For many years, the Board and the courts found the WPA did not protect disclosures regarding policy disputes where “reasonable people” might disagree over the merits of a given policy. See, e.g., White v. Department of the Air Force, 391 F.3d 1377, 1382 (Fed. Cir. 2004).
In effect, a policy disagreement can serve as the basis for a protected disclosure only if the legitimacy of a particular policy is not debatable among reasonable people.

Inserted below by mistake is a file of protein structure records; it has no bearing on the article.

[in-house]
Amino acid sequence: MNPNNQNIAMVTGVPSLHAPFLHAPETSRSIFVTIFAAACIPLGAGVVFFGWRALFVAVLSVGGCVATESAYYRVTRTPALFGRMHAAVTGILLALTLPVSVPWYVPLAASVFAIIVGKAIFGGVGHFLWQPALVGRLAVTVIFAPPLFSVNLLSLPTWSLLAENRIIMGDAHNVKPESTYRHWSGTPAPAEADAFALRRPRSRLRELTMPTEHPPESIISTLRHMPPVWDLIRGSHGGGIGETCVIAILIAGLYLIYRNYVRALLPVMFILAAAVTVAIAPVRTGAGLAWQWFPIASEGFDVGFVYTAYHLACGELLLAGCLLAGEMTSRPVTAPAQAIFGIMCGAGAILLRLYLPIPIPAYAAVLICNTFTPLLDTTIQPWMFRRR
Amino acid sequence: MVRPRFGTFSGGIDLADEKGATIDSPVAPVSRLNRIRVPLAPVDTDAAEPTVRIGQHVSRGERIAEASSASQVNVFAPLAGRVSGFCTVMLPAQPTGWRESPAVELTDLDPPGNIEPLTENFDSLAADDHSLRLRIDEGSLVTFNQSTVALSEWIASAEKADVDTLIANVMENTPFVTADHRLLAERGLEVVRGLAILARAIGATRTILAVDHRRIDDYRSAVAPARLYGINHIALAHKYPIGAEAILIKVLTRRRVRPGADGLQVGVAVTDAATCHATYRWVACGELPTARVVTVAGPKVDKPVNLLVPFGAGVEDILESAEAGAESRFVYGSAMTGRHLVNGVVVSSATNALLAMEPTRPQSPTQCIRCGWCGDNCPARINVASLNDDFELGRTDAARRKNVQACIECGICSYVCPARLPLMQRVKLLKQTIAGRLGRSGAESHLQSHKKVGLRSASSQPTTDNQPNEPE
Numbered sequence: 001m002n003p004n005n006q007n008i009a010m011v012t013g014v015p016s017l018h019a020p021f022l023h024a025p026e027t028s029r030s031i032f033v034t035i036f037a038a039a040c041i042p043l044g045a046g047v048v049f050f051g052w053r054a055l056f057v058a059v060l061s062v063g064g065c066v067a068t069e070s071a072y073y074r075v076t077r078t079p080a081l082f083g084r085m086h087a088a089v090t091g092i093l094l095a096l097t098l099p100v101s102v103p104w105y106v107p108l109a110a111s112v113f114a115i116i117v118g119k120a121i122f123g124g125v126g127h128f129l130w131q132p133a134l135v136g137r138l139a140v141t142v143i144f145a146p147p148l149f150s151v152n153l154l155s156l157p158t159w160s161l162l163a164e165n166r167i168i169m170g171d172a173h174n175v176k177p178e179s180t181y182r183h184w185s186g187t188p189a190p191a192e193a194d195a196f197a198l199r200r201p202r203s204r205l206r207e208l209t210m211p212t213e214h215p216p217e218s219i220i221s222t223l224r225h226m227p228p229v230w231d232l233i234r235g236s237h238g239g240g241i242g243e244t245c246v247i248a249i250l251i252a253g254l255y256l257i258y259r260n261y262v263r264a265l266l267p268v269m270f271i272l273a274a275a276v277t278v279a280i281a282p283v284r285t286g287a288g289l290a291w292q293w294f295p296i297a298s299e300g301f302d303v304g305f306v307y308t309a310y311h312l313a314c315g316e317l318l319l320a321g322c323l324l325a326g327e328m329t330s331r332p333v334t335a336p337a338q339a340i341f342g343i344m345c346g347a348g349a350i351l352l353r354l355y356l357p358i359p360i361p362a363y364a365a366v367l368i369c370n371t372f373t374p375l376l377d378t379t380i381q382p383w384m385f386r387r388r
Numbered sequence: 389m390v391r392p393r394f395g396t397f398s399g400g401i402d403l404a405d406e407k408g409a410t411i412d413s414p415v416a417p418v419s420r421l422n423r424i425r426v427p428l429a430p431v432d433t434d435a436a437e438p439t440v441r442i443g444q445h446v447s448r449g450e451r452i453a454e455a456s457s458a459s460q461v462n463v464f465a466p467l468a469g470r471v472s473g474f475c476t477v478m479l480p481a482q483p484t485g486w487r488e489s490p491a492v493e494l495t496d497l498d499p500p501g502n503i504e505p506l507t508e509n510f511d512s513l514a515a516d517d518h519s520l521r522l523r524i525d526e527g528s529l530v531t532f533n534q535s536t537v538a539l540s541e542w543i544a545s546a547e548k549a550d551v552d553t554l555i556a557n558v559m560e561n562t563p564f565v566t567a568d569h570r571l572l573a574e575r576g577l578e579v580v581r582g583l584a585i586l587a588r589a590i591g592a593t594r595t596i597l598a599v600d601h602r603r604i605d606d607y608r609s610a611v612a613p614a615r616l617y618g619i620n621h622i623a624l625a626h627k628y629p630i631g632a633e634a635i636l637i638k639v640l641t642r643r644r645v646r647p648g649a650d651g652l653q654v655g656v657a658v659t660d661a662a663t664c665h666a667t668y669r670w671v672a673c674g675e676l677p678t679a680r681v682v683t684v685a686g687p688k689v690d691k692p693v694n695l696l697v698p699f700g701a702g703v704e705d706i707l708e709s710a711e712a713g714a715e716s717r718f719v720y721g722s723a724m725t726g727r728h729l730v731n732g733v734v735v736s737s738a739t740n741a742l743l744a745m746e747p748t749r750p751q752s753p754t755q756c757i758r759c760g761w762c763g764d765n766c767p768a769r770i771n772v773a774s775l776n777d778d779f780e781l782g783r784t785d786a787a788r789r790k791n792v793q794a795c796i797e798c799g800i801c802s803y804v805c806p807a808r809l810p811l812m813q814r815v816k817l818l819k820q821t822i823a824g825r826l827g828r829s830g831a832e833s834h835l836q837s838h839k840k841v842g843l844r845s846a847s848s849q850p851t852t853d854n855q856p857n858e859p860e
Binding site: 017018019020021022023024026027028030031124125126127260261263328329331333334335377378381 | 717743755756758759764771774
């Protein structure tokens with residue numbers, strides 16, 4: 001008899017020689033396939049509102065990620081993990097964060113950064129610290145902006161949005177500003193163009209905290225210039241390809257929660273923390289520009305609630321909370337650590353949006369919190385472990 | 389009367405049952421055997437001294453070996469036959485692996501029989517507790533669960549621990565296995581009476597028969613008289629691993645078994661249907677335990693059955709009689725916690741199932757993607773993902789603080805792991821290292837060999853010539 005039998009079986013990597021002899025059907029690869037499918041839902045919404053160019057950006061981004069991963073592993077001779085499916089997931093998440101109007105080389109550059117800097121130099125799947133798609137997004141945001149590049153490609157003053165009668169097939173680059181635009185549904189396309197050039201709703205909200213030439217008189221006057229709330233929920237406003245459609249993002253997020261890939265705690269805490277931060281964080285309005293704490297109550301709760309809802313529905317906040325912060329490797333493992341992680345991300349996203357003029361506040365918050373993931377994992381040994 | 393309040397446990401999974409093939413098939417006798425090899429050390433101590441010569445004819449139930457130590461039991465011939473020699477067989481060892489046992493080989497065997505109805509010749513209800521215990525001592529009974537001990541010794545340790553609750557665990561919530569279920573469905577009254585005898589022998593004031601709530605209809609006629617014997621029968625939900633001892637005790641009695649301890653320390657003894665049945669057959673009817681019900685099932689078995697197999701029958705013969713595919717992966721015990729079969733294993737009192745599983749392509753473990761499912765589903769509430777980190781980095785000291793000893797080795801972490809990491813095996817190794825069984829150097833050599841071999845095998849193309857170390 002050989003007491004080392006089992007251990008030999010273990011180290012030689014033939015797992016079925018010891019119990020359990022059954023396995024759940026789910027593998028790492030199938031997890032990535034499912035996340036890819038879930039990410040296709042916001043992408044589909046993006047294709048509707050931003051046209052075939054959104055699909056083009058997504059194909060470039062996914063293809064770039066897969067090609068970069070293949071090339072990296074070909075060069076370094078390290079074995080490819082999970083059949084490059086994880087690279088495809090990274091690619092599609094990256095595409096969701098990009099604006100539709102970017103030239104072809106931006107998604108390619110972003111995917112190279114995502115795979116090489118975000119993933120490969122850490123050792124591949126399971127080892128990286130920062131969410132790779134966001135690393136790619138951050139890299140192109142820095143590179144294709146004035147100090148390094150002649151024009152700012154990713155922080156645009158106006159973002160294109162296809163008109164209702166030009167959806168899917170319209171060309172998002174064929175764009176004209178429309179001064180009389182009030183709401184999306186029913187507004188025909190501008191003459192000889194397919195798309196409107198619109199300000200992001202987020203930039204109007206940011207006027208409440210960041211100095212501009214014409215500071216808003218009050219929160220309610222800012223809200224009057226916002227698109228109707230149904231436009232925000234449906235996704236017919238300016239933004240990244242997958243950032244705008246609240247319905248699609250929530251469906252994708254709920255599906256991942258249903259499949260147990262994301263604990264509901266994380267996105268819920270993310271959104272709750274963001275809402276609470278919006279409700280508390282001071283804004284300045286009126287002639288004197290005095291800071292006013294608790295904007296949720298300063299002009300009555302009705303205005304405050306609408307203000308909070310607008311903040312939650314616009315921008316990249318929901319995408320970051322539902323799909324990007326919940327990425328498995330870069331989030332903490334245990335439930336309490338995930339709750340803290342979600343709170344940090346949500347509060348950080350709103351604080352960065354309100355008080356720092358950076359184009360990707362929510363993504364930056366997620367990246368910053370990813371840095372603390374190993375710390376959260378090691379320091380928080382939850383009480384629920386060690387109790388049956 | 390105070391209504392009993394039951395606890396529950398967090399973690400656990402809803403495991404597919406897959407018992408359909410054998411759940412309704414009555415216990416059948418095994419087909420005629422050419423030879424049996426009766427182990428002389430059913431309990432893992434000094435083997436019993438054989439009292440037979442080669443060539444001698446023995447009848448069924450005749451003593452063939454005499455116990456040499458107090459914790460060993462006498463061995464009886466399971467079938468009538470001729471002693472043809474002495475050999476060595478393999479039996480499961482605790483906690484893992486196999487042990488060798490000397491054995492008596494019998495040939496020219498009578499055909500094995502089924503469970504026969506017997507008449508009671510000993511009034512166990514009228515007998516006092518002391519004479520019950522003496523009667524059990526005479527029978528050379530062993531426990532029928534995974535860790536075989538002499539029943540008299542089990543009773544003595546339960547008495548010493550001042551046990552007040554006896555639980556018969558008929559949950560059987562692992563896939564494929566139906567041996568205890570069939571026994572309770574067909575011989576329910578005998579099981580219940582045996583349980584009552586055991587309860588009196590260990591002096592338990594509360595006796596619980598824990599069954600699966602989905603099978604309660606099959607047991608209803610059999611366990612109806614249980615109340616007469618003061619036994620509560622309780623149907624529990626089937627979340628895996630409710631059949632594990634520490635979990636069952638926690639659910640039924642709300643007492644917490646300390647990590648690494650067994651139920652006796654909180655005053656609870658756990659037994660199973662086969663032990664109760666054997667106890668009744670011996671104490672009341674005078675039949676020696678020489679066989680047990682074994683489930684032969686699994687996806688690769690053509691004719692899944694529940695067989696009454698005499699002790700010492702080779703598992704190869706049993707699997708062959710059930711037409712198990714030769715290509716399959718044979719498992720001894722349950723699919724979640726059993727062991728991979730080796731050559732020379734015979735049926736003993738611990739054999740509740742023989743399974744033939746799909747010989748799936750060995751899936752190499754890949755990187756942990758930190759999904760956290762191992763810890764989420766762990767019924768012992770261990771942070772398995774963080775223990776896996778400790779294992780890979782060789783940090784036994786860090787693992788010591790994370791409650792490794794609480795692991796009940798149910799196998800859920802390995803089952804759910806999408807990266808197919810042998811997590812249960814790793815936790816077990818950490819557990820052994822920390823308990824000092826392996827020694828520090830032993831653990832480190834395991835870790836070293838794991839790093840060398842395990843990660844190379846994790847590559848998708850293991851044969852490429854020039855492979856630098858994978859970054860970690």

Nevertheless, the U.S. Court of Appeals for the Federal Circuit has refined and clarified this legal principle to the effect that the WPA’s protection now covers disclosures about policy, even where reasonable people might disagree on the merits of that policy, when the policy concerns a substantial and specific danger to public health or safety.
Chambers v. Department of the Interior, 515 F.3d 1362, 1368-1370 (Fed. Cir. 2008)
Chambers v. Department of the Interior, 116 M.S.P.R. 17, ¶¶ 16-24 (2011)